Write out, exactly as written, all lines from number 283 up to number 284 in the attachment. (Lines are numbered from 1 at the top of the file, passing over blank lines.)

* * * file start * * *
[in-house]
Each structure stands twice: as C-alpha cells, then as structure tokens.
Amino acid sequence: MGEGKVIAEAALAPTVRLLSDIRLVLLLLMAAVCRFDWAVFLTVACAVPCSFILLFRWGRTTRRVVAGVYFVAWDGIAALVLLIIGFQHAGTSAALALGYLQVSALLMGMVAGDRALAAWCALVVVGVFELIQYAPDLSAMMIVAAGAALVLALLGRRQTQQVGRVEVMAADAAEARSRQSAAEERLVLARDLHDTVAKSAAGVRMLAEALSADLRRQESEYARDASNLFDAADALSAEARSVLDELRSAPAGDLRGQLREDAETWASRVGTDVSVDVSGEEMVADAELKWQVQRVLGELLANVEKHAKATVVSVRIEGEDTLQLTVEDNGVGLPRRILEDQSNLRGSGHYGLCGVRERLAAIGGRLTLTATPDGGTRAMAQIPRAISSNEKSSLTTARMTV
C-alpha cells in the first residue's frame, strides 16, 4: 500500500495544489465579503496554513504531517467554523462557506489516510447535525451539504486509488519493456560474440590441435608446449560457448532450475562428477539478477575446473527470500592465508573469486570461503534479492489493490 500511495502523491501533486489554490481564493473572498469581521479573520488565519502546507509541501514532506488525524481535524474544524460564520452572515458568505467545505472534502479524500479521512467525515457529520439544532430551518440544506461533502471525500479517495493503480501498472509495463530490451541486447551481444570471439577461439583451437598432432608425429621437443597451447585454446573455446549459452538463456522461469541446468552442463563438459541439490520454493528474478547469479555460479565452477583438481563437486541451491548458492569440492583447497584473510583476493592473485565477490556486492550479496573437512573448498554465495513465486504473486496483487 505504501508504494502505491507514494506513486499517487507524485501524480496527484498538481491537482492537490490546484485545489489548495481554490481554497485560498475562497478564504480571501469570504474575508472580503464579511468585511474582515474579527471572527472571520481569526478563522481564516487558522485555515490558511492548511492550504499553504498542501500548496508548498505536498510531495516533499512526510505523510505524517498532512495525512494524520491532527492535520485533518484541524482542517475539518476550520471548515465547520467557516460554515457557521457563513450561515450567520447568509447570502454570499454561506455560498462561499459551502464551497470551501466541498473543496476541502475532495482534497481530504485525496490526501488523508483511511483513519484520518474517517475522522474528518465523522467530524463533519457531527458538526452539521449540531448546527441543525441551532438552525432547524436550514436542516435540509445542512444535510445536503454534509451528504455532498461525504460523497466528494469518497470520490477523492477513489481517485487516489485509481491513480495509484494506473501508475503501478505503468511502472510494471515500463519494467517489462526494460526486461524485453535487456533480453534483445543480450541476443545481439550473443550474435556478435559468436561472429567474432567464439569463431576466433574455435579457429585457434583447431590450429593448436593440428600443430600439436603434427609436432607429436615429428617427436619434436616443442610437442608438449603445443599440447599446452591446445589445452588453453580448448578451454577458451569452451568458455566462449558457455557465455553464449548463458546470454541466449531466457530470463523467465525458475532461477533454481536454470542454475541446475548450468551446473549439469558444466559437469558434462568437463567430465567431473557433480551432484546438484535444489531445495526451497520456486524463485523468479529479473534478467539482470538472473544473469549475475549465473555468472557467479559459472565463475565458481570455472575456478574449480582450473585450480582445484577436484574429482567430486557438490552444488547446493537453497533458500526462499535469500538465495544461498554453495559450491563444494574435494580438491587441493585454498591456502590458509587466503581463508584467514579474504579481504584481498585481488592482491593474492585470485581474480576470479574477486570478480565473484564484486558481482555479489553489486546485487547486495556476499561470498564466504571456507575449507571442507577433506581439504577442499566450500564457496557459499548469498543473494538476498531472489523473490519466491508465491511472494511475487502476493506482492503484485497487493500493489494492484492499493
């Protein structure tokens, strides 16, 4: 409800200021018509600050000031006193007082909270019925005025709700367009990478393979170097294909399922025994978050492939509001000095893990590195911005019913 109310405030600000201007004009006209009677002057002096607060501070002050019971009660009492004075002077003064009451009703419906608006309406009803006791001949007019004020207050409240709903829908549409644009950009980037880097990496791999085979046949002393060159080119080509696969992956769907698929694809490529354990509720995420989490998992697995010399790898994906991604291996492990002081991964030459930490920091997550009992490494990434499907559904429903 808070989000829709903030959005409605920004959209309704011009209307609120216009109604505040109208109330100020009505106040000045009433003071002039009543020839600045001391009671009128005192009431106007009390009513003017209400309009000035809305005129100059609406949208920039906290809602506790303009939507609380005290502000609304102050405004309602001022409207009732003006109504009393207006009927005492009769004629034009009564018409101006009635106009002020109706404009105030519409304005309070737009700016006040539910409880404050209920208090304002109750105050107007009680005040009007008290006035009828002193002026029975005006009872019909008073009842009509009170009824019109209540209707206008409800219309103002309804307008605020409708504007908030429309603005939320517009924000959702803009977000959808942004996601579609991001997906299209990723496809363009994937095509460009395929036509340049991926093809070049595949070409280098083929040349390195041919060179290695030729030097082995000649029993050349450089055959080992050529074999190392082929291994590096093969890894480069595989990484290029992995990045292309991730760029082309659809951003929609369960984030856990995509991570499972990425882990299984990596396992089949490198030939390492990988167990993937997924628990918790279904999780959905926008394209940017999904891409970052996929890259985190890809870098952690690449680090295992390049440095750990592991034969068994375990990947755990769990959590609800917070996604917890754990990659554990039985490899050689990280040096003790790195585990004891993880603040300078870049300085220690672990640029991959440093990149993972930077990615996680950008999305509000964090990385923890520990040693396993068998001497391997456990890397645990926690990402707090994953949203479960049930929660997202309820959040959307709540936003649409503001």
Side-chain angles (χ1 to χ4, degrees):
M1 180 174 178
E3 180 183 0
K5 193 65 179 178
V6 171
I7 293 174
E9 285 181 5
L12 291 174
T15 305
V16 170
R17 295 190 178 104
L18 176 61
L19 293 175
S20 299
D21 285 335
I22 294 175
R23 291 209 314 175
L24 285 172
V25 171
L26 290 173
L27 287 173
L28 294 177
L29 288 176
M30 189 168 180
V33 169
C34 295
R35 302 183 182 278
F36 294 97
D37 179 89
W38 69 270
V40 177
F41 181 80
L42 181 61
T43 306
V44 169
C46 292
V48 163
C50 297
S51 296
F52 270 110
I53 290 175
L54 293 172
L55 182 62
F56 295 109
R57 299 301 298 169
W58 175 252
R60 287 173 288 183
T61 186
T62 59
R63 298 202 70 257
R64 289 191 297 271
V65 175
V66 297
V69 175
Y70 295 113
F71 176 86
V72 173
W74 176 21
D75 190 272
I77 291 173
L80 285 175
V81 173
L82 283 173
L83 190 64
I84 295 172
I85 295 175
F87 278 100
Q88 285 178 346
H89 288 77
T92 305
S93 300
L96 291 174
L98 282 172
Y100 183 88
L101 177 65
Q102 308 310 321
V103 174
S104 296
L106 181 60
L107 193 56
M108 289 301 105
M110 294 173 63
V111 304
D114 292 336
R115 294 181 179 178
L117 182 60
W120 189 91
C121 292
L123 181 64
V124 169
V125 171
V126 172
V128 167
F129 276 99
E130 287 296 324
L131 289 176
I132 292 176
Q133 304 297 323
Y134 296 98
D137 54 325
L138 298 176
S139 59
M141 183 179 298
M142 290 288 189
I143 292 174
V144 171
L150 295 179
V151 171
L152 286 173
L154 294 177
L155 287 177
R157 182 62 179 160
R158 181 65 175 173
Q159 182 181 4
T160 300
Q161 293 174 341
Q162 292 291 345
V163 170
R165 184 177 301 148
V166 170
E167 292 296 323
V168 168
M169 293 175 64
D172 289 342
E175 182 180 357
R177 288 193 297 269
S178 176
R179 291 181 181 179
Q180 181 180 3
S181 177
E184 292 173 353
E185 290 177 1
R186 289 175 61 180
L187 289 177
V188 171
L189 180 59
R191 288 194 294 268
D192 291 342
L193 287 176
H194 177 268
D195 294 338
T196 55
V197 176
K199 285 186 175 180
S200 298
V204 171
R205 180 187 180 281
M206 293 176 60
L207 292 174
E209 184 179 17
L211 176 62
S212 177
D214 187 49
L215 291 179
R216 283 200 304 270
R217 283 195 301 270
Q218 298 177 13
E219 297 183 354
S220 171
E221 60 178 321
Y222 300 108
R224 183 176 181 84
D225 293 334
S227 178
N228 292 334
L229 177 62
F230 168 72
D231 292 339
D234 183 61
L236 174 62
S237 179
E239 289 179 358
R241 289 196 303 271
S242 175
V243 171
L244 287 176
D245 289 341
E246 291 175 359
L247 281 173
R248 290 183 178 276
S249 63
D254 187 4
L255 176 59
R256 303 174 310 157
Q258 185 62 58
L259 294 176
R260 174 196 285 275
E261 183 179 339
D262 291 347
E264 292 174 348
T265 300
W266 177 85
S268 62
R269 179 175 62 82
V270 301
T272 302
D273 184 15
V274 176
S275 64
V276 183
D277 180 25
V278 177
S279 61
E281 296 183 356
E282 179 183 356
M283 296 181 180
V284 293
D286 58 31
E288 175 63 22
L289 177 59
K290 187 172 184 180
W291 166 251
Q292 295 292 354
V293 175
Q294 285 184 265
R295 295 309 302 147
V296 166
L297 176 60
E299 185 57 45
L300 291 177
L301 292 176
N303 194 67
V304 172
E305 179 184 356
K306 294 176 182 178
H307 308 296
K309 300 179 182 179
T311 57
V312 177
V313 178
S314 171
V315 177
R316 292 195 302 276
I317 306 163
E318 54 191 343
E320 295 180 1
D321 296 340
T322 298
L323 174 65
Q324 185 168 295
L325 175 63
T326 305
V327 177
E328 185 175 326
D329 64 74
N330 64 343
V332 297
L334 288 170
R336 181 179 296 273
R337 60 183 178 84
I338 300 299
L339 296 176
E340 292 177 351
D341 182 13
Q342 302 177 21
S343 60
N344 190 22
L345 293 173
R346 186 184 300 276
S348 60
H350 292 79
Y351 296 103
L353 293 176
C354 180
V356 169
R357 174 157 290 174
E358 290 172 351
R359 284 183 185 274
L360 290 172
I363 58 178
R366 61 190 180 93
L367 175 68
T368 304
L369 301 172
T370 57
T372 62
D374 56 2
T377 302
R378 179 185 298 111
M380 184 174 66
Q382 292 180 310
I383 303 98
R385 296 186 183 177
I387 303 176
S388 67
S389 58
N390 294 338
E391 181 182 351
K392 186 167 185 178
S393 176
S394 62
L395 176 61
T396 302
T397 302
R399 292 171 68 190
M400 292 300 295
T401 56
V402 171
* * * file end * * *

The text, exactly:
T377 302
R378 179 185 298 111